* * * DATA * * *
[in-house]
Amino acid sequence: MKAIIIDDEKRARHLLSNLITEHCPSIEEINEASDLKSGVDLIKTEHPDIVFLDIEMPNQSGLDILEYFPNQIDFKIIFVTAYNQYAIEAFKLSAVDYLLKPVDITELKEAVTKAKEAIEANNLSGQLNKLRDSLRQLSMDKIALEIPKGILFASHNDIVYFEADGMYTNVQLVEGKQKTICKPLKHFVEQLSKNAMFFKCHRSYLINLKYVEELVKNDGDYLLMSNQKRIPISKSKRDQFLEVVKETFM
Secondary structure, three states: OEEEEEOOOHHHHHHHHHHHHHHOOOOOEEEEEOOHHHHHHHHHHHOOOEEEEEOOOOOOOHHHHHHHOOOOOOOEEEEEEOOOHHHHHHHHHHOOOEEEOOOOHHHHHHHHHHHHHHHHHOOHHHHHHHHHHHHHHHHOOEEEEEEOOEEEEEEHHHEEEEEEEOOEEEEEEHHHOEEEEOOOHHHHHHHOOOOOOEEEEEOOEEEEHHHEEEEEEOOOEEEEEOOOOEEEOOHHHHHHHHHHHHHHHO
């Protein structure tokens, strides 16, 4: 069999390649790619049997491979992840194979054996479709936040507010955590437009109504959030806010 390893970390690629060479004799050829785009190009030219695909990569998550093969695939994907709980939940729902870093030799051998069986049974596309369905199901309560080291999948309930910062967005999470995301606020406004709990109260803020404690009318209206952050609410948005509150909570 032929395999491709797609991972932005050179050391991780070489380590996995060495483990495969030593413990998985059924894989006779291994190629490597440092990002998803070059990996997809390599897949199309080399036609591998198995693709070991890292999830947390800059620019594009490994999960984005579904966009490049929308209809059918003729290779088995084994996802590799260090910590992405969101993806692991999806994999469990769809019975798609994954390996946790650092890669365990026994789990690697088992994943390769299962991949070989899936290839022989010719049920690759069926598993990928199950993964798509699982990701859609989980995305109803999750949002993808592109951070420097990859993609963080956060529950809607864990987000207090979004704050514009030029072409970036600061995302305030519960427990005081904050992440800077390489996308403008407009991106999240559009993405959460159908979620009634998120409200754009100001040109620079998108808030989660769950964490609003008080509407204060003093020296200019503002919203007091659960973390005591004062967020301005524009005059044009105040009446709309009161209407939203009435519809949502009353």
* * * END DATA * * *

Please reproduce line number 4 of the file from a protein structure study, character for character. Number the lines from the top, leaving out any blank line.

């Protein structure tokens, strides 16, 4: 069999390649790619049997491979992840194979054996479709936040507010955590437009109504959030806010 390893970390690629060479004799050829785009190009030219695909990569998550093969695939994907709980939940729902870093030799051998069986049974596309369905199901309560080291999948309930910062967005999470995301606020406004709990109260803020404690009318209206952050609410948005509150909570 032929395999491709797609991972932005050179050391991780070489380590996995060495483990495969030593413990998985059924894989006779291994190629490597440092990002998803070059990996997809390599897949199309080399036609591998198995693709070991890292999830947390800059620019594009490994999960984005579904966009490049929308209809059918003729290779088995084994996802590799260090910590992405969101993806692991999806994999469990769809019975798609994954390996946790650092890669365990026994789990690697088992994943390769299962991949070989899936290839022989010719049920690759069926598993990928199950993964798509699982990701859609989980995305109803999750949002993808592109951070420097990859993609963080956060529950809607864990987000207090979004704050514009030029072409970036600061995302305030519960427990005081904050992440800077390489996308403008407009991106999240559009993405959460159908979620009634998120409200754009100001040109620079998108808030989660769950964490609003008080509407204060003093020296200019503002919203007091659960973390005591004062967020301005524009005059044009105040009446709309009161209407939203009435519809949502009353």